“I was sadly amused by the bit about ‘militarily intervention’; this from a party who’s leader set out a long list of ‘stringent conditions’ for bombing Syria and, even though none were met, still voted yes!”

    With no disrespect intended, I am not really sure what you mean by that. Are you amused by what Tim Farron did, or amused that anyone in the Liberal Democrats dissents from the current foreign policy trajectory? I don’t know if you view me as guilty by association with some of the leaders, but I do believe that is is worthwhile for non-interventionists to entertain engaging with mainstream parties, rather than joining the Greens or confining one’s work solely to journalism, social media or art.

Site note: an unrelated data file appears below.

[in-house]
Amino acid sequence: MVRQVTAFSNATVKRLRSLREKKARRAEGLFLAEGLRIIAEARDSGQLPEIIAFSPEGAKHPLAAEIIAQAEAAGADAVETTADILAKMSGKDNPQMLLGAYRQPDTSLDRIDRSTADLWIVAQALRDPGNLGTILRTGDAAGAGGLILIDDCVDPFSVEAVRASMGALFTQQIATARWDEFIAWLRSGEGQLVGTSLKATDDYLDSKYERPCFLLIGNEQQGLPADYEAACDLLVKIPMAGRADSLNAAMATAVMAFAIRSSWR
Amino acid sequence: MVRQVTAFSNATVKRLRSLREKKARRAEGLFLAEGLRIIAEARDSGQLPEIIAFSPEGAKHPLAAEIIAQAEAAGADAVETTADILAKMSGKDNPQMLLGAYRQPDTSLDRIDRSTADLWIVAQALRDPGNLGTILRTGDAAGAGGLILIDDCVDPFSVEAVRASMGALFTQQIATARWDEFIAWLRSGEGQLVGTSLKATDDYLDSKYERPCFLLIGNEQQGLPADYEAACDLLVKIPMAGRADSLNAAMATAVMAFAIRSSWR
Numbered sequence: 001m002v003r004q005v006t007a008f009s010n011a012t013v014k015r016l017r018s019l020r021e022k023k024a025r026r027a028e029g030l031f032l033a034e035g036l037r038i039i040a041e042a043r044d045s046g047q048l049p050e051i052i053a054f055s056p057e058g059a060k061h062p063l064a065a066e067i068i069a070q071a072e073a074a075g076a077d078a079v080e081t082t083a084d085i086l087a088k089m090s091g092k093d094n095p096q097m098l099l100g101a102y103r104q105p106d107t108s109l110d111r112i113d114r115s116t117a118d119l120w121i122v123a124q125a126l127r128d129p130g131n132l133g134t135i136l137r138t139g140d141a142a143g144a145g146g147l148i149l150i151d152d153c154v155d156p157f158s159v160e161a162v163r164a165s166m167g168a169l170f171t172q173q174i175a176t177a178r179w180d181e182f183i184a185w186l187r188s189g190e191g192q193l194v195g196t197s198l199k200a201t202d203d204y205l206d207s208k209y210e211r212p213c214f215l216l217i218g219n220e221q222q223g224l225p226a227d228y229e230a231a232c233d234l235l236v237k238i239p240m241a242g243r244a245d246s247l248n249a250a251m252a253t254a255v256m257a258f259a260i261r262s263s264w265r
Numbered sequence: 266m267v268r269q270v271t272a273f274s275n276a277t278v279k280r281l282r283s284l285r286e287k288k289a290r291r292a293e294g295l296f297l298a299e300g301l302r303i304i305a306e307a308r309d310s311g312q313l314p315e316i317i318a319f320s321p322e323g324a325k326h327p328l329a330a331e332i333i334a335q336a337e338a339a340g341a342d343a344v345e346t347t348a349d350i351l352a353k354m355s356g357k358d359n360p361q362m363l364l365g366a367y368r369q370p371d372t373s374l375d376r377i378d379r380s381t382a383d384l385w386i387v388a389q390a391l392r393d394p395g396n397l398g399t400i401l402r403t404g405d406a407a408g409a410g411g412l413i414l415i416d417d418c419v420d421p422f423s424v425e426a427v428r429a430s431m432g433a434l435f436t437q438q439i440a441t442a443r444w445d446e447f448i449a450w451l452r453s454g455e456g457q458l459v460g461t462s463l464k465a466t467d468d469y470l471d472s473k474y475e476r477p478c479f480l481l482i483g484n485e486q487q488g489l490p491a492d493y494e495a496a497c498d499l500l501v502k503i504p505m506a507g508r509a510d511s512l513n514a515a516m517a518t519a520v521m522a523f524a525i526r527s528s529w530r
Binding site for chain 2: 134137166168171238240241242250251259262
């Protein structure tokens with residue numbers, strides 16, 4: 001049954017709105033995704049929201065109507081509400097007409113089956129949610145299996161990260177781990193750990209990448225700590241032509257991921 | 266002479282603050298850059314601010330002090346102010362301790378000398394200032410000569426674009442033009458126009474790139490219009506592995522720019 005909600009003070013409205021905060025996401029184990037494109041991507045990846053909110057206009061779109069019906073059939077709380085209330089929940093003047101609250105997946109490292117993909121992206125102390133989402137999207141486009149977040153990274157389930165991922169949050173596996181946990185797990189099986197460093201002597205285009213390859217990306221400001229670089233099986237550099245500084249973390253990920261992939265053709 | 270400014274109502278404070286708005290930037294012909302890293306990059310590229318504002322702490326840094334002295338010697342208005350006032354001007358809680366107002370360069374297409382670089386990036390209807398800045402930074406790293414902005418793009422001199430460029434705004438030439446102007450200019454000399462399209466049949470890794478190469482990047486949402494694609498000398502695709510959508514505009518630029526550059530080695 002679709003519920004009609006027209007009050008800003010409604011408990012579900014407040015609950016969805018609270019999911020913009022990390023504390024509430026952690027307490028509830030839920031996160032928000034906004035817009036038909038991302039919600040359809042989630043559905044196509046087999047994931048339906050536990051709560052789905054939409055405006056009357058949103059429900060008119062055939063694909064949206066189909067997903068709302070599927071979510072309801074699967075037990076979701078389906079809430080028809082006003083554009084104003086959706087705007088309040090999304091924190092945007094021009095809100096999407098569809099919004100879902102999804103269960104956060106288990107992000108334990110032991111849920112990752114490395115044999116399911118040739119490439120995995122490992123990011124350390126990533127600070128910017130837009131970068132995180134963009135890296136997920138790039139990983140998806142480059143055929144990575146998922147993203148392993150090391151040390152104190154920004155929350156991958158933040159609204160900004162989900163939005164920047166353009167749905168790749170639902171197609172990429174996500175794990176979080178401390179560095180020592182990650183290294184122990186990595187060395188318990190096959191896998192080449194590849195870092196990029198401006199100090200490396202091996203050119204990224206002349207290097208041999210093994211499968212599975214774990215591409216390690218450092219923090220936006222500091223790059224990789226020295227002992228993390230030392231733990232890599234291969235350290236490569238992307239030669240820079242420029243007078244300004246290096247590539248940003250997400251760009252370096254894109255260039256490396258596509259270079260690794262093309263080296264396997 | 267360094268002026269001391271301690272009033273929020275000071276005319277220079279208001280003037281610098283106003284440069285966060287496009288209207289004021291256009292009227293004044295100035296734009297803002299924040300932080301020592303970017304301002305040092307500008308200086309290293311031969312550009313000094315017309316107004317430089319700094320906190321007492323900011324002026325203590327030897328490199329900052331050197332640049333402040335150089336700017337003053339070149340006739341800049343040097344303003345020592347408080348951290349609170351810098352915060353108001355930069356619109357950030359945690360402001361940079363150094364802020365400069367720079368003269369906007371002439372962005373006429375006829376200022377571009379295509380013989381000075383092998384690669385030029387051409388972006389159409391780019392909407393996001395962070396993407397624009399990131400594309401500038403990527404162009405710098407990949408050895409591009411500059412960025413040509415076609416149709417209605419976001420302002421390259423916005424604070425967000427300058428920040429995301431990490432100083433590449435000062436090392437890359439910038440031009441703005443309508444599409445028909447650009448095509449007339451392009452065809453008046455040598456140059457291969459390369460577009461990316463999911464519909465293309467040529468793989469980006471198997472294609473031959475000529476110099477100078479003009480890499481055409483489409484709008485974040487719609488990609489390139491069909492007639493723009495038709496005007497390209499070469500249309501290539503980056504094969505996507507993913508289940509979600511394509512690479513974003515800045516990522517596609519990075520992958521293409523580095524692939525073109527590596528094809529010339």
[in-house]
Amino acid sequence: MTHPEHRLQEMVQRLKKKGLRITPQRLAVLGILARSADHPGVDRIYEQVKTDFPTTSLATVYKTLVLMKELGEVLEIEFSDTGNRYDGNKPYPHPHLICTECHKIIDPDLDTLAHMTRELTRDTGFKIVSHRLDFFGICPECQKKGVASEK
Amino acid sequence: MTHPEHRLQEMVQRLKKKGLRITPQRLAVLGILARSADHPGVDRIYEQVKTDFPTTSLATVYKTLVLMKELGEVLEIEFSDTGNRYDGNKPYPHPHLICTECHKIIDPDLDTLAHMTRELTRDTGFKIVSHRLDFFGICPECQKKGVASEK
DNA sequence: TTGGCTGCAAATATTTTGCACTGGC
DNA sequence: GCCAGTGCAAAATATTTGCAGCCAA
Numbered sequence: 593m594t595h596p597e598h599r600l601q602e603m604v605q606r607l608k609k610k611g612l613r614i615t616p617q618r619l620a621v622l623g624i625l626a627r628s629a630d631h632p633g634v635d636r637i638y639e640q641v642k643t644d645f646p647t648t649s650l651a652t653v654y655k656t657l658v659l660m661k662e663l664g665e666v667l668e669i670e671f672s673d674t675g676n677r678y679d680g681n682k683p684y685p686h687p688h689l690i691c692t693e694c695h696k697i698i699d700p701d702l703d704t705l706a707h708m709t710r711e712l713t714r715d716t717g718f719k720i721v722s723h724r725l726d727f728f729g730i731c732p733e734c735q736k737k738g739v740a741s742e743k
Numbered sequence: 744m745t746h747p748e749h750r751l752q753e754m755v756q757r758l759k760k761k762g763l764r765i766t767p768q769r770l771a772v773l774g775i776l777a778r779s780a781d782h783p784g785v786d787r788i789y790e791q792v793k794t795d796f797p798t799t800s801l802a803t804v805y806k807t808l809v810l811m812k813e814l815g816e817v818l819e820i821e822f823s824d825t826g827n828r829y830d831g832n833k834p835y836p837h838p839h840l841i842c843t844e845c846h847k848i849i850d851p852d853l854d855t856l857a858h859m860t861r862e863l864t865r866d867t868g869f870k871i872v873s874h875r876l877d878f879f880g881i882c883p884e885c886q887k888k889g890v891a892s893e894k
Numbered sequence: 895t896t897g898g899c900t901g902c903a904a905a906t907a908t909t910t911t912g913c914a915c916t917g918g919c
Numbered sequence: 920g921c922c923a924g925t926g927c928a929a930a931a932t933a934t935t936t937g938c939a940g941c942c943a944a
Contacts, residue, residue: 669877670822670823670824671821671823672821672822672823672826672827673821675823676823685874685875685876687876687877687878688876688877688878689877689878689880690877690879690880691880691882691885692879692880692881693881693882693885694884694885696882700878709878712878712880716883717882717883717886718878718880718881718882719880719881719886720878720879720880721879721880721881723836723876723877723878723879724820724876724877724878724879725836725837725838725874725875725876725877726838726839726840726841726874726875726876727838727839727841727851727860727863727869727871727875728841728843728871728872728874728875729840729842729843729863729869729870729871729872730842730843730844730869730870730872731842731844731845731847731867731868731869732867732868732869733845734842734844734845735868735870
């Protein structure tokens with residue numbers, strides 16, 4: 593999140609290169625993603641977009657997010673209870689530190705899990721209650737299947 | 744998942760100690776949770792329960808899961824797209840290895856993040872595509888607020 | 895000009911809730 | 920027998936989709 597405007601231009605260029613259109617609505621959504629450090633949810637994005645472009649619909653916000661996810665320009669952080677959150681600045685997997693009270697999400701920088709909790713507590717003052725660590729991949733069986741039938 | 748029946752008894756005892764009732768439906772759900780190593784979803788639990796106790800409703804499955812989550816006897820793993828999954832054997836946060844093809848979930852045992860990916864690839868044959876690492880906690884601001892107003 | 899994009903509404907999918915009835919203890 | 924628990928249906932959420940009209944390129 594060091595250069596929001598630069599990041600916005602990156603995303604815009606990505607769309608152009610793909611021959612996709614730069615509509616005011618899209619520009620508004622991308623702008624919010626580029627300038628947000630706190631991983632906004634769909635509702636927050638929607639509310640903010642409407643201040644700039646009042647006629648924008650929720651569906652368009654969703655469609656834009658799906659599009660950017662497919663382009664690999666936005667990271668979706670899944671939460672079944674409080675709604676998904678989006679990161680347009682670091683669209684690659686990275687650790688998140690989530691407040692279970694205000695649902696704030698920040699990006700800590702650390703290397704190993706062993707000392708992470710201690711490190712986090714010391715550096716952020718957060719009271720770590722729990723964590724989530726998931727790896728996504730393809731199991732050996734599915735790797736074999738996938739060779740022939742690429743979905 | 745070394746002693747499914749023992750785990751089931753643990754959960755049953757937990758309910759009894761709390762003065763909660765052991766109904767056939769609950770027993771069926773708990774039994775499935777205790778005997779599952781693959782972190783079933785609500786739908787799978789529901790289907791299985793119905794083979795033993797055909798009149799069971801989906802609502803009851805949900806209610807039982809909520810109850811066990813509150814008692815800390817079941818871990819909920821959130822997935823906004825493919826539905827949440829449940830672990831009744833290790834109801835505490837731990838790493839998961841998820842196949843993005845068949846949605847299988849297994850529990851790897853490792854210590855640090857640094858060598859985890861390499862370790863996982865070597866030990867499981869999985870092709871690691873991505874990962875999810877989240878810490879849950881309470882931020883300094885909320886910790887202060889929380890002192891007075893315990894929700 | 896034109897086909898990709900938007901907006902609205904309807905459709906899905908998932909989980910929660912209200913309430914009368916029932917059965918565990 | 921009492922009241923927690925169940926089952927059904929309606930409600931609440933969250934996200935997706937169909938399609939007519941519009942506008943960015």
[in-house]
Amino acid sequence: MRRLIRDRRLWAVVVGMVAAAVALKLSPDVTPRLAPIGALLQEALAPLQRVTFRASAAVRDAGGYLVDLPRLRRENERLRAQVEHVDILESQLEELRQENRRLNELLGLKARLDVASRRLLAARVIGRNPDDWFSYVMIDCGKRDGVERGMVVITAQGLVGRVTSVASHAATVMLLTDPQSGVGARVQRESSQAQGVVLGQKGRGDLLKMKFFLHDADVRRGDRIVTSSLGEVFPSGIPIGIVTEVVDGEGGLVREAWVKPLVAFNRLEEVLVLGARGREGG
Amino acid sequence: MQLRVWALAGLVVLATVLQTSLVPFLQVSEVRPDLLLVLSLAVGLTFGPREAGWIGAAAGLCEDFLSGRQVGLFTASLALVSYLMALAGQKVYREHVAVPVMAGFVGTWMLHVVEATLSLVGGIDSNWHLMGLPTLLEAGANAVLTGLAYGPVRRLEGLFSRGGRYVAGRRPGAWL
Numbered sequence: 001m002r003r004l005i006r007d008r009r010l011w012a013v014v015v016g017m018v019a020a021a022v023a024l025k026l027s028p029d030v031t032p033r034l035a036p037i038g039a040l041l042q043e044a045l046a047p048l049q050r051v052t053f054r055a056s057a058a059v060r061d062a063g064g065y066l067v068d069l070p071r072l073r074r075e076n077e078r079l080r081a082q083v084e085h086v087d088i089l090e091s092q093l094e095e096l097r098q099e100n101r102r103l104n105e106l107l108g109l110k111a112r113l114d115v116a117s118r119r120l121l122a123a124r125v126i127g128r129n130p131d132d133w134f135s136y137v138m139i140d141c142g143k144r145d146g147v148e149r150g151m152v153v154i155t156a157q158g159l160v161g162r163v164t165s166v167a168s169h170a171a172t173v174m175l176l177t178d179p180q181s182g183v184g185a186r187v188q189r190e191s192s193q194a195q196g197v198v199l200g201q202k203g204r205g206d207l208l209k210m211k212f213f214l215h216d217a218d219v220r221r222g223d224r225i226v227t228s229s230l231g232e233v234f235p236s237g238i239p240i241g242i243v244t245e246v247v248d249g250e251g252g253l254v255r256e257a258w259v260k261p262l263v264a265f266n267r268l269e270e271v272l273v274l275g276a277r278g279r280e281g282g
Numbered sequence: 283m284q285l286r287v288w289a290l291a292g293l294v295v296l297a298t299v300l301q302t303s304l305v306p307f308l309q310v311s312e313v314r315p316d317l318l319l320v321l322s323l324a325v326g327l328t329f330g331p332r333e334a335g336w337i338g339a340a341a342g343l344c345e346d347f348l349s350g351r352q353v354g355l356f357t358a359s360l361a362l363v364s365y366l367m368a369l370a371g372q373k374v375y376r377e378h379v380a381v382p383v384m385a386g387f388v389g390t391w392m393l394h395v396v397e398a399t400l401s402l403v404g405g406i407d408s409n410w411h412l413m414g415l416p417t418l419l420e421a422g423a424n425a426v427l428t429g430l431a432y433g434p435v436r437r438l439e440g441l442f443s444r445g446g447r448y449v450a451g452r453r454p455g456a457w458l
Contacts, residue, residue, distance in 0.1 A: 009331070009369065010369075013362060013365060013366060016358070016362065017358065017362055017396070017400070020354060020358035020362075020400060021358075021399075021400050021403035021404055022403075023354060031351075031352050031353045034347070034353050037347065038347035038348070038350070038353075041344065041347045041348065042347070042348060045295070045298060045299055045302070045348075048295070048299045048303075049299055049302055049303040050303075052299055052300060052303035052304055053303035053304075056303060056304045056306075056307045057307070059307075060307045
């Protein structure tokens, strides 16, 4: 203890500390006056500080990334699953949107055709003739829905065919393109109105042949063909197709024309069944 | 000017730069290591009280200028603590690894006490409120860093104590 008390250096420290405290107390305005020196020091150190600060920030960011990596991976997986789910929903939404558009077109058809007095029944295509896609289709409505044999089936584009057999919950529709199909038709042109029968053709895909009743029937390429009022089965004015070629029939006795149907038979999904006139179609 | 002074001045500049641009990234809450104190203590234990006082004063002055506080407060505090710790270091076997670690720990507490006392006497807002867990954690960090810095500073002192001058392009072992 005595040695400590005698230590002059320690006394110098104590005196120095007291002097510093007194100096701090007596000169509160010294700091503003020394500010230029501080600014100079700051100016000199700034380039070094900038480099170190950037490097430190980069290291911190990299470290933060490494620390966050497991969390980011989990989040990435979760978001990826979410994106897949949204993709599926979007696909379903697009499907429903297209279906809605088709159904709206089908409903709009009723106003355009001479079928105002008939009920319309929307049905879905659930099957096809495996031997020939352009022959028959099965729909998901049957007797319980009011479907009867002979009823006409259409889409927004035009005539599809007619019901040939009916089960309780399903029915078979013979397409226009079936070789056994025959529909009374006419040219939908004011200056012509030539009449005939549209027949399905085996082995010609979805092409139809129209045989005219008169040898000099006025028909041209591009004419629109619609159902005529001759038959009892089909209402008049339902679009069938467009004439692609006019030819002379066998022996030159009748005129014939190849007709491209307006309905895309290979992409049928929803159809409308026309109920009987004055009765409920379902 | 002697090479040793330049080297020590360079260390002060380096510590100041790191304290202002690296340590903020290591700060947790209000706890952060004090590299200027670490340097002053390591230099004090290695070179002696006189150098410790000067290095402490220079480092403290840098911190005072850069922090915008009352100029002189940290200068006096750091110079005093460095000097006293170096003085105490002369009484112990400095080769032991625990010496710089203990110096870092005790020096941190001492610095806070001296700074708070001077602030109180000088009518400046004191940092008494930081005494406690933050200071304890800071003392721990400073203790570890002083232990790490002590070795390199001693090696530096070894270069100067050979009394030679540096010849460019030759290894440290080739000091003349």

As a general point for everyone reading, this article was intended as some reflections, rather than an official representation of party policy. If Lib Dem Voice was made up entirely of articles that parrotted official party policy, then it ought to be broken up, because the website would be in the guise of something it actually was not, in reality. Fortunately, there is a plurality of views expressed on this site.

  • Jonathan Ferguson 1st Sep '16 - 12:20pm

    No disrespect to expat intended. You have actually done the right thing to raise the question of whether the five points were fulfilled or not. It’s a question worth exploring. I’m sorry I have not answered to everyone’s comments so far, I’ve tried doing that in the past and it’s quite difficult. Thanks for everyone’s great feedback, as always! On that Daesh note, there will be more from me about foreign policy in the near future. I wonder what effect the recent influx of new (and often very young) members might have?